Eight months in, California is containing COVID-19 as other states spike. Here’s why.

Eight months into the coronavirus pandemic, California has become a rare case: a state that has contained the transmission of COVID-19 and isn’t experiencing another surge — yet, at least.

Nationwide, daily infections are up one-quarter in the last two weeks, and the country just reported its most in a single day since July. Lightly populated North Dakota is seeing 85 new cases a day per 100,000 residents over the last two weeks. California? Ten new cases per 100,000, up just 2 percent in two weeks.

The reasons why, health experts say, are made clear by a stroll through San Francisco. Pedestrians are masked and passing each other at acceptable social distances. Painted circles partition off small groups at one of the city’s most popular parks. Posters stapled to signposts once hawked live music; now, they advertise masks.

Every city could be San Francisco, and every state like California, these experts say. SARS-CoV-2 has proved to be a complex and mysterious virus, but eight months since it landed on our shores, the science seems clear on a simple way to contain it.

“If you social distance and you wear masks, you decrease the cases dramatically,” said Dr. John Swartzberg, an infectious disease expert and professor emeritus at UC Berkeley. “A culture that accepts the science and follows it is going to do better.”

On an epidemiological basis, Swartzberg’s argument is sound, though people across the country continue to argue over whether the restrictions are exacting too great an economic and social price. Even in California, respected leaders say some aspects of the restrictions — shifting schools almost entirely to distance learning, for one — have gone too far.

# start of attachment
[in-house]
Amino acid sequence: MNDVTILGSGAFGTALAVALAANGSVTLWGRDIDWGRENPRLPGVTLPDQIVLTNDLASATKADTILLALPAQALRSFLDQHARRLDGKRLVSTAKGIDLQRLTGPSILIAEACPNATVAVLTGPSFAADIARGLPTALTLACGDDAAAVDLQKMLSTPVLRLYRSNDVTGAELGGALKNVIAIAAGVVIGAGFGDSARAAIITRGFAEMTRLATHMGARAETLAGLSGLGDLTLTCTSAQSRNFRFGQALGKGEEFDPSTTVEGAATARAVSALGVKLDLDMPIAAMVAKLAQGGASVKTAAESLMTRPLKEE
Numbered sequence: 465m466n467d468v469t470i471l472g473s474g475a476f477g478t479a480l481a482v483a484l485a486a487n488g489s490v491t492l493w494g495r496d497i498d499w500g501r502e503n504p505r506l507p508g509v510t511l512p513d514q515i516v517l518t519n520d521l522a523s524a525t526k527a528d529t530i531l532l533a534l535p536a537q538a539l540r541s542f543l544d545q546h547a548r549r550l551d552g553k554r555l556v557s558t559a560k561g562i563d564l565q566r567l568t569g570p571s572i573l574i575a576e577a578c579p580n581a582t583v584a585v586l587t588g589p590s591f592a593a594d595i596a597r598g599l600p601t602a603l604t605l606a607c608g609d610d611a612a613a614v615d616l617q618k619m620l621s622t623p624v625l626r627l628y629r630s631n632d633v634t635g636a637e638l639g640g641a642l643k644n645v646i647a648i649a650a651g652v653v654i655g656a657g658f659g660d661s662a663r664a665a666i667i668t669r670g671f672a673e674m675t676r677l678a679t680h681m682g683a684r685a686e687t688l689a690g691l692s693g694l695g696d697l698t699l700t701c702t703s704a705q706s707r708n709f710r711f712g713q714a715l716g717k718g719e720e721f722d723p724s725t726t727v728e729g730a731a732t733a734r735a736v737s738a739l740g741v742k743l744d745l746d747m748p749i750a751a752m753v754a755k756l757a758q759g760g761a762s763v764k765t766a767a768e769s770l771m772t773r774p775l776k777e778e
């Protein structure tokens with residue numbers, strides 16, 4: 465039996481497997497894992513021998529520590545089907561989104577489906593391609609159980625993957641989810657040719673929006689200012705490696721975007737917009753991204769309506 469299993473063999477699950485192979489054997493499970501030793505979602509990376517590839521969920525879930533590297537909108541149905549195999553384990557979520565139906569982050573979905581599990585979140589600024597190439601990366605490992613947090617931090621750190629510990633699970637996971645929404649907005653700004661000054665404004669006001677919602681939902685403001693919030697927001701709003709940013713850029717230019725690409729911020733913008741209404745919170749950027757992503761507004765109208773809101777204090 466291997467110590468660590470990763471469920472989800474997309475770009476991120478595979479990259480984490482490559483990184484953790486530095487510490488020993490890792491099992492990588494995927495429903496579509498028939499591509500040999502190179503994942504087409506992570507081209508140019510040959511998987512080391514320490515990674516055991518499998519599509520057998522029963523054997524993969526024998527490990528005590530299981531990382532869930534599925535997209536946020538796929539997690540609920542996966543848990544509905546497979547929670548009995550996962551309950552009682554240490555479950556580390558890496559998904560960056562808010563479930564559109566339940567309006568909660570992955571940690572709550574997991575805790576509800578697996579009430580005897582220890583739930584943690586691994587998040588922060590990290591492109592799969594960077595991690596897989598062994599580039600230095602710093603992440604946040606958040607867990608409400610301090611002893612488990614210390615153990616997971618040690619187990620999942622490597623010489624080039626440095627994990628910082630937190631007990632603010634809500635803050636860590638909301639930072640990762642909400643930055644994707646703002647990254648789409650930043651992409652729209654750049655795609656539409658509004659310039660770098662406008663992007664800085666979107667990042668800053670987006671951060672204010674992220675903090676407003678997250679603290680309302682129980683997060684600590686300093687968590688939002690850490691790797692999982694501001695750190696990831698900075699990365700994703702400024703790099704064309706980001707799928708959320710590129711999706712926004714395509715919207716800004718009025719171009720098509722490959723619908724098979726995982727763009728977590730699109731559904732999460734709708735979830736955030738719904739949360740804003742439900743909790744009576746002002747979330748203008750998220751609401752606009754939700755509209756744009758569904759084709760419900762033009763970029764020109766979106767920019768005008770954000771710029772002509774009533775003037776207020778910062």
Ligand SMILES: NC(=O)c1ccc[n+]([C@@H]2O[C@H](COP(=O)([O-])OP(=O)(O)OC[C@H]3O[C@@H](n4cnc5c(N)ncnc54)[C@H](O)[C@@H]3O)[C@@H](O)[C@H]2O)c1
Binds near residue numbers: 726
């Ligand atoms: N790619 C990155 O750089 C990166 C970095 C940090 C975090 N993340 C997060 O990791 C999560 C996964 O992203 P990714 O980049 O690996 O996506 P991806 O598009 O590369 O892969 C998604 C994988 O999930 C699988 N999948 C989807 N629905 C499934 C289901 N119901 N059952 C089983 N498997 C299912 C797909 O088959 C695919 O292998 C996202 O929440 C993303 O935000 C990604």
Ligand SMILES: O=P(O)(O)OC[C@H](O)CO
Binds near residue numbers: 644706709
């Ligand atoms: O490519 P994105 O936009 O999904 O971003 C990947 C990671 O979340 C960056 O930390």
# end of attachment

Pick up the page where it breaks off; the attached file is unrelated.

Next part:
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Yet as the debate continues, a third wave of coronavirus cases is sweeping across the Midwest even as this summer’s surge through the South has hardly begun to relent. Even in parts of the Northeast, which successfully vanquished the virus after a devastating initial wave in the spring, transmission is on the rise.

There is good news: Death rates haven’t jumped in tandem, as doctors grow better at treating the sick. But with more infections and more fatalities than any other country in the world, and more than 20 states reporting record new case numbers over the past week, the outlook in the U.S. is grimmer than it could have been.

Why? Before the surge, and continuing throughout it, many states have been loosening restrictions meant to prevent the virus from spreading.

In Texas, Gov. Greg Abbott has reopened bars and allowed fans at sporting events. In Florida, Gov. Ron DeSantis has lifted all restrictions.

In the spring, it was California shaking off its shutdown, then suffering from a surge in June. But the state learned lessons from its own initial attempt to reopen, which propelled it to the height of its infection rate about six weeks later.

Now Gov. Gavin Newsom and state health officials have implemented a reopening system that health experts say is working.

Each week, counties are evaluated on their per-capita infection rate and positivity rate, then placed into …read more

Source:: The Mercury News – Entertainment


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